Having served in the Navy, I always get a little nostalgic about the military on the 4th of July. The latest Paramount picture “Megan Leavy” got me thinking about the dogs who serve in our armed forces. Megan Leavy is a true story about a US Marine who was injured in Iraq with her dog Rex. Years later, she fights through bureaucratic red tape to adopt Rex and reunite with him when he is retired from duty. I wonder how the military recruits these dogs for service, and what type of training do they go through? Also, what happens to them when they retire?
Currently, there are around 2500 military dogs enlisted in the armed forces, and 700 serving overseas at any given time. Specialties range from bomb detection, search and rescue missions, and cadaver searches. Several sources state that a fully trained bomb detection dog is worth over $150,000 but the piece of mind they offer is priceless. No matter how much money you sink into technology, you can’t beat a dog’s nose. Military dogs are not only picked for their breeding, sense of smell, or athletic ability but several other qualities. Health is an important criterion. Hip dysplasia can be a curse on larger breeds. Trainers take special care in picking dogs free of this. Potential candidates are screened to ensure they will be able to handle the extreme stress of biting a human. Many dogs can not handle that much pressure.
Photo by: US Army
I was surprised to read that until 2000 retired military dogs were euthanized or abandoned after retirement until Robby’s Law. They were labeled as “expendable surplus equipment” and treated like machinery. Robby’s Law changed this. Now there are organizations like Save-A-Vet, which help place these warrior pups after they are decommissioned. Adopting one of these dogs is no easy task. First, you must fill out a two-page application, and a DOD specialist does a face-to-face interview if you are chosen. Then you are put on a waiting list for a wait of 2 months to a year. There is obviously a very high demand for these dogs. Once adopted the dog drops his Military Working Dog title, and the owner must pay for the transportation costs of delivery. Since they are considered “equipment” the military can not pay for these expenses. If adopted overseas it could cost up to $2000 to get the dog home. 90% of these dogs get adopted by their handlers.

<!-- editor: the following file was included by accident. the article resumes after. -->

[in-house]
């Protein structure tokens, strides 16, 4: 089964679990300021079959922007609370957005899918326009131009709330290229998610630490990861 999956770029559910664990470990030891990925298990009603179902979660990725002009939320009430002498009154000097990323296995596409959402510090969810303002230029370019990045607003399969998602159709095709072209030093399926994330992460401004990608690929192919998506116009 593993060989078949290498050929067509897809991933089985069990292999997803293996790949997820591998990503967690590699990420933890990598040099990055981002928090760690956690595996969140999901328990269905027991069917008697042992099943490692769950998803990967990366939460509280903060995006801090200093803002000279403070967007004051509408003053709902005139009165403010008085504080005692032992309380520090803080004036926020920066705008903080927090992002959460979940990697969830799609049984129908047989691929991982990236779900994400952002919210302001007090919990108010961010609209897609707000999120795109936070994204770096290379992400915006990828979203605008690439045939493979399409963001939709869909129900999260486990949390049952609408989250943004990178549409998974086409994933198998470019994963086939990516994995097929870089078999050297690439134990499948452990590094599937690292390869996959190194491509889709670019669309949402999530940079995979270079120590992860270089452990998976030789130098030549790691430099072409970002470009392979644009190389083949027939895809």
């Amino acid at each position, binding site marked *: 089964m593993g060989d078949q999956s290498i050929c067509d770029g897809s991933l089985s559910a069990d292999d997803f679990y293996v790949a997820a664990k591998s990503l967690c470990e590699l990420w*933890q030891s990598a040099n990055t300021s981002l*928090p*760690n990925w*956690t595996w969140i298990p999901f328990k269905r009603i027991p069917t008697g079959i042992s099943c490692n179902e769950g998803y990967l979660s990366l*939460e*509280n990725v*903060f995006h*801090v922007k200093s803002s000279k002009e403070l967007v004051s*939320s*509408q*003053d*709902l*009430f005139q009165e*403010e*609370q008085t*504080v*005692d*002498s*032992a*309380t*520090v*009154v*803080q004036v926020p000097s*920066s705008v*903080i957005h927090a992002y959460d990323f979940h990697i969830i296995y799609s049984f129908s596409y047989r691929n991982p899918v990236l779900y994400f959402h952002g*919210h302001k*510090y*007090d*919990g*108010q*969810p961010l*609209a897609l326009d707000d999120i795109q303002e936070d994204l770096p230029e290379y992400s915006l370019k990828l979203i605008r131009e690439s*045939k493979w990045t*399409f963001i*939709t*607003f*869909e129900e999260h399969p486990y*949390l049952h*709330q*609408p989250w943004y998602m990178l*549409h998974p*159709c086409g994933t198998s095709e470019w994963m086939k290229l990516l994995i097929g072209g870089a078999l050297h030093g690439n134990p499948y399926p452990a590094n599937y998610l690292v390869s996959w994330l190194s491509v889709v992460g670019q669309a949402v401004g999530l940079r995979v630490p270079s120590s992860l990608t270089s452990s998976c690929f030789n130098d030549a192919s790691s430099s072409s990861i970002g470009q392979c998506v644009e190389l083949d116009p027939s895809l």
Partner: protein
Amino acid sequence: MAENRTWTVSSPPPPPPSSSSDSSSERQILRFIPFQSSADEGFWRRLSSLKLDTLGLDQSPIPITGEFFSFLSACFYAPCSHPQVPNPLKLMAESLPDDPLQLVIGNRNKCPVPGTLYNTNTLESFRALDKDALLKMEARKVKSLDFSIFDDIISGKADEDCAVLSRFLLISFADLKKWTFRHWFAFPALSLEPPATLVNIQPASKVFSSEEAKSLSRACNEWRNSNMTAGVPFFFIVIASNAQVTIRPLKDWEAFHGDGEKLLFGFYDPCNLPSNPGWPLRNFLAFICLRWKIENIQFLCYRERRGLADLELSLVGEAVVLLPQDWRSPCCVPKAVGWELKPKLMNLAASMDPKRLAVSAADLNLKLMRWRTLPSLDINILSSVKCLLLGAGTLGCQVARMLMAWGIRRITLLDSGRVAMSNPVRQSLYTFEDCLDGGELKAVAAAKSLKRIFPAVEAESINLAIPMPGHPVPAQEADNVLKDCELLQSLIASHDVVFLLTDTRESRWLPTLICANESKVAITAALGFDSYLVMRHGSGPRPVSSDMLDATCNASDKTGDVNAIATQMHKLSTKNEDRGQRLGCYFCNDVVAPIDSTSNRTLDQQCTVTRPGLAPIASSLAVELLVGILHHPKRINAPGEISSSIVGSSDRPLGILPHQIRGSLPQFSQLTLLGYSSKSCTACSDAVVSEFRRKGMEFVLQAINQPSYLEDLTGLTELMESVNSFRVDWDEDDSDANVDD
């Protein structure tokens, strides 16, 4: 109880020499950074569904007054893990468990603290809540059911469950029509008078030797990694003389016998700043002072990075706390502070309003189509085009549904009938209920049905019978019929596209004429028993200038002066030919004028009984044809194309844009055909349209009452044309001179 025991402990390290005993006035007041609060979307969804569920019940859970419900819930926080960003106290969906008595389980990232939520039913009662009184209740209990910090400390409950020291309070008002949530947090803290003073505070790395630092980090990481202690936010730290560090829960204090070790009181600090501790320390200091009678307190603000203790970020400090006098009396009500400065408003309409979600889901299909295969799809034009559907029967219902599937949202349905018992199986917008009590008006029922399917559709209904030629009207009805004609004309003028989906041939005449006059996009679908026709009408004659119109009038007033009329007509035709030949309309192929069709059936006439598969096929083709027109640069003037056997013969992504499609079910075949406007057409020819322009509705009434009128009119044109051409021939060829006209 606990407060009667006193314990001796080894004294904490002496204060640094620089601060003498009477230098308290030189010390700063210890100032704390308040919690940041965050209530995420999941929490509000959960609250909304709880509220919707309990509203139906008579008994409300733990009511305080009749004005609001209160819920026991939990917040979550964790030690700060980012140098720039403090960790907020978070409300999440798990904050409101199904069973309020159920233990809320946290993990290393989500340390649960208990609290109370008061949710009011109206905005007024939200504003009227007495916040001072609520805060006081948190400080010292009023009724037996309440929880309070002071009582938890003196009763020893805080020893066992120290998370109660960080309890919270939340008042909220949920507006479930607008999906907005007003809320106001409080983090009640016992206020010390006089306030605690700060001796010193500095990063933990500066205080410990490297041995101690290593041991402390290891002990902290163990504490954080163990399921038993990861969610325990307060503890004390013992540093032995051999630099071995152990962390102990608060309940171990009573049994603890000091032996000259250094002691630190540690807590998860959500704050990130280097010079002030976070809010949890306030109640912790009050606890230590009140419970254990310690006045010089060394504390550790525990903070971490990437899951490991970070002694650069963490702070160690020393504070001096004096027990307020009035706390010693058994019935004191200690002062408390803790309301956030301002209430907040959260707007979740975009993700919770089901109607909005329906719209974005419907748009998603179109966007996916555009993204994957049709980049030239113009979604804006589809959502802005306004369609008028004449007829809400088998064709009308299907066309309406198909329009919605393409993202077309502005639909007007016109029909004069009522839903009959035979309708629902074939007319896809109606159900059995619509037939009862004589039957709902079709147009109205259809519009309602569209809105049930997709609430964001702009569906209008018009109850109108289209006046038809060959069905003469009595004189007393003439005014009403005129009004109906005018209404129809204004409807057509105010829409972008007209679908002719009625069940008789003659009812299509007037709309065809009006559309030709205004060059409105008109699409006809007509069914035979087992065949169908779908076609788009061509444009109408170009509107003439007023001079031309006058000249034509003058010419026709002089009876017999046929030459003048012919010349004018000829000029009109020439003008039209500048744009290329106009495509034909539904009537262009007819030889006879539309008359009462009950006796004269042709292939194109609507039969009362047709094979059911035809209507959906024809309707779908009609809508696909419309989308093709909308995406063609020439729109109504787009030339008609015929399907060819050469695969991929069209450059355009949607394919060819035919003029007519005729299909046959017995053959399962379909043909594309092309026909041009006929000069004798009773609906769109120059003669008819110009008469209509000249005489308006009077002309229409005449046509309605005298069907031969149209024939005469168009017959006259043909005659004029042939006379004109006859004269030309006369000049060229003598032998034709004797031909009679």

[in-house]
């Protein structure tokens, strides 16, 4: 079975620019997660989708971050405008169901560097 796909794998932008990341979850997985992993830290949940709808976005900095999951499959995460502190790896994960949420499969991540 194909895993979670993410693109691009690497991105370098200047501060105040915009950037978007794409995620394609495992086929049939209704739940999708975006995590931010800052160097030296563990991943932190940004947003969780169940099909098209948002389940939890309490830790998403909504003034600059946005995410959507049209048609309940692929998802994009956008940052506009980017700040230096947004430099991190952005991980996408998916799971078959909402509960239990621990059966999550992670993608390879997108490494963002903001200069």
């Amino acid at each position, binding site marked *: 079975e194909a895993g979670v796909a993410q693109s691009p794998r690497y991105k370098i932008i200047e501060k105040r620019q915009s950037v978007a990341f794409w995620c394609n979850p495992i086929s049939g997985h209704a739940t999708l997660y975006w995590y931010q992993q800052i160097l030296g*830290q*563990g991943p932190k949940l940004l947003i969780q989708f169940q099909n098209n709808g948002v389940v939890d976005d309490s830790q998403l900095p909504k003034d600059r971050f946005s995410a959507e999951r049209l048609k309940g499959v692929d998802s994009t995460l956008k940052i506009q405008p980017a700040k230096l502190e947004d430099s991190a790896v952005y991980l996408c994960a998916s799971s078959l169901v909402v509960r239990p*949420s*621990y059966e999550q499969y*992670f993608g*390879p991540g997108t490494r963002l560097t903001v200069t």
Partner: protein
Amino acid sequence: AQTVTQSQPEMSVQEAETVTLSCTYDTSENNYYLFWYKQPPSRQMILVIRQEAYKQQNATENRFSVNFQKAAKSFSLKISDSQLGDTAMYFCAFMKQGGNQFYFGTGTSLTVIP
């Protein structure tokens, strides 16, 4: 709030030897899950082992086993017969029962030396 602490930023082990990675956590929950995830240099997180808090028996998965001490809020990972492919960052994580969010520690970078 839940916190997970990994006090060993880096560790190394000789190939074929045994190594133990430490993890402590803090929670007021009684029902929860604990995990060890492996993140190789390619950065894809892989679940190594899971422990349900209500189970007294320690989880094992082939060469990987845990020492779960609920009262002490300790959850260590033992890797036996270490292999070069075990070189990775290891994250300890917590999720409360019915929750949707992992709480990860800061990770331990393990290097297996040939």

Around 300 dogs are adopted each year, and 100 are eligible to be reassigned to law enforcement agencies. These are great programs for the dog, as well as the owner. I am glad that the military finally started giving these dogs the retirement that they deserve.
We are excited this year to be part of SuperZoo July 25-27th in Las Vegas. Stop by booth #2729 for a free gift with mention of this newsletter! #superzoo2017
This month’s July giveaway for loyal Poo Doo Leash customers is a free State Paws bandana with any $50 purchase. Enter in coupon code “bandana” for your July 4th gift!
Please check us out on Facebook @poodooleash to see a list of upcoming Arts and Craft festivals we will be attending. Most are dog and family friendly.